I am honestly just looking for an objective opinion. I was born with a rare genetic condition that greatly effects my appearance. Being in and out of hospitals and having dozens of surgeries as a child, I developed a great admiration for nurses. My mother and grandmother are also nurses.. so that is what I decided I wanted to do.
I always struggled with some social anxiety due to bullying but I fought hard to get into a BSN program. Once I began the program, there was one obstacle after another. This is where the bullying from patients and nurses regarding my appearance started, and my struggle with depression, anxiety, and panic disorder began.
After graduating with my BSN as a member of STTI, I sought help for my mental health and passed my NCLEX in 75 questions. I thought everything was under control.
Fast forward to July 2015, I landed a job as a new grad in endoscopy at a magnet hospital. Besides the usual new nurse jitters, everything was going great. I recieved praise from drs, nurses, and pts. I was getting a grasp on my specialty. Then the bullying started. That in combination with my poor self esteem and increasingly worse issues with depression and anxiety paralyzed me. I was sobbing or having panic attacks before work, after work, and before bed. All while going to therapy and my psychiatrist.
October of 2016 I hit rock bottom. I was either going to steal anesthesia and overdose or walk outside the hospital onto the rail line. My director escorted me to the ER, where I was admitted to the psych ward. That day changed everything.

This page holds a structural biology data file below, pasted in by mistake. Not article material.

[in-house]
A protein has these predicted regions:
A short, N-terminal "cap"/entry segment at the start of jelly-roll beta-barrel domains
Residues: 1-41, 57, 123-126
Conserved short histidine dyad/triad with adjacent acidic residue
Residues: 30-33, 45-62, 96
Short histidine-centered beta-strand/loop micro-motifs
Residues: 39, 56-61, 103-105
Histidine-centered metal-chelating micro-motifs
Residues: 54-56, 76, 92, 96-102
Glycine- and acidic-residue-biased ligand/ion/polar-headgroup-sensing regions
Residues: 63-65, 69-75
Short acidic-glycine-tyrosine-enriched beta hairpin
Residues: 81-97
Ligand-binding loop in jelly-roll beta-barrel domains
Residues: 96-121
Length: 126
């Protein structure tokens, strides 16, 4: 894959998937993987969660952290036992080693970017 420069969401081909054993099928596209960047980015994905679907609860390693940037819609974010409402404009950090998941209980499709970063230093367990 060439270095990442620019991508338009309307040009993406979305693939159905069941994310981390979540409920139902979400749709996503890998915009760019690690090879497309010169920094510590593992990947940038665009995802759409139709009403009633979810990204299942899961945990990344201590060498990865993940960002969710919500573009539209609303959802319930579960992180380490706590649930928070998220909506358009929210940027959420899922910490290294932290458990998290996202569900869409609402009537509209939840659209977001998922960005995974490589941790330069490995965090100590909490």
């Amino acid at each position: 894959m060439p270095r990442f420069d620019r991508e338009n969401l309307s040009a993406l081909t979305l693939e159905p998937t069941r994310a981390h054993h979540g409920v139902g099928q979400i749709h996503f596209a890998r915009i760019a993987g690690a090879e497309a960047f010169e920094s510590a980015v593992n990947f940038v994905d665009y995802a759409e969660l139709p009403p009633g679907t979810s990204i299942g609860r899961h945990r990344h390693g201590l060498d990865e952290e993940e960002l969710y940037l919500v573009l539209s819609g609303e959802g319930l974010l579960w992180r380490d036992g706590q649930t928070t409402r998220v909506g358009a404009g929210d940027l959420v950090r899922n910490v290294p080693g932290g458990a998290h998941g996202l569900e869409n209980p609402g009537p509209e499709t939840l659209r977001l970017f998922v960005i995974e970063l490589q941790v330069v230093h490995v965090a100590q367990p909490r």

I went on short term disability. One day in late November, I went back to work. I was assigned a "buddy" for the day. It didn't go well. My director and I agreed that I should extend my disability.
That was the last day I ever stepped back into that hospital. My anxiety was so crippling that I could not bare to go back.
In late December, I was hired on at an outpt endo center for a PRN position. I thought it would be good to ease back into nursing. I was still struggling every shift with anxiety and panic, but most of the time I was able to push through. I let my manager know early on that I'd like to transition to FT whenever possible. In late June, she ultimately phased me out by hiring a new FT RN. There were no hours for me to work. I have recieved unemployment benefits but they are now coming to an end.
Over this past year, I have been on close to a dozen interviews. They have been for postions in and out of my specialty. I have not been offered a position.
My mental health is an ongoing struggle. Part of me wants to give nursing another chance and not waste my degree. I love taking care of people and interacting with patients. However, with the recurring bullying, my past history and other downsides to nursing, it makes me consider leaving the profession. I can't decide if i should continue to look for a job and then the same thing happens with my mental illnesses, or if I should try and get any job I can.
I apologize for the long post. I just thought what details I gave were necessary to understand the situation. I'm curious to read some objective comments. Thank you.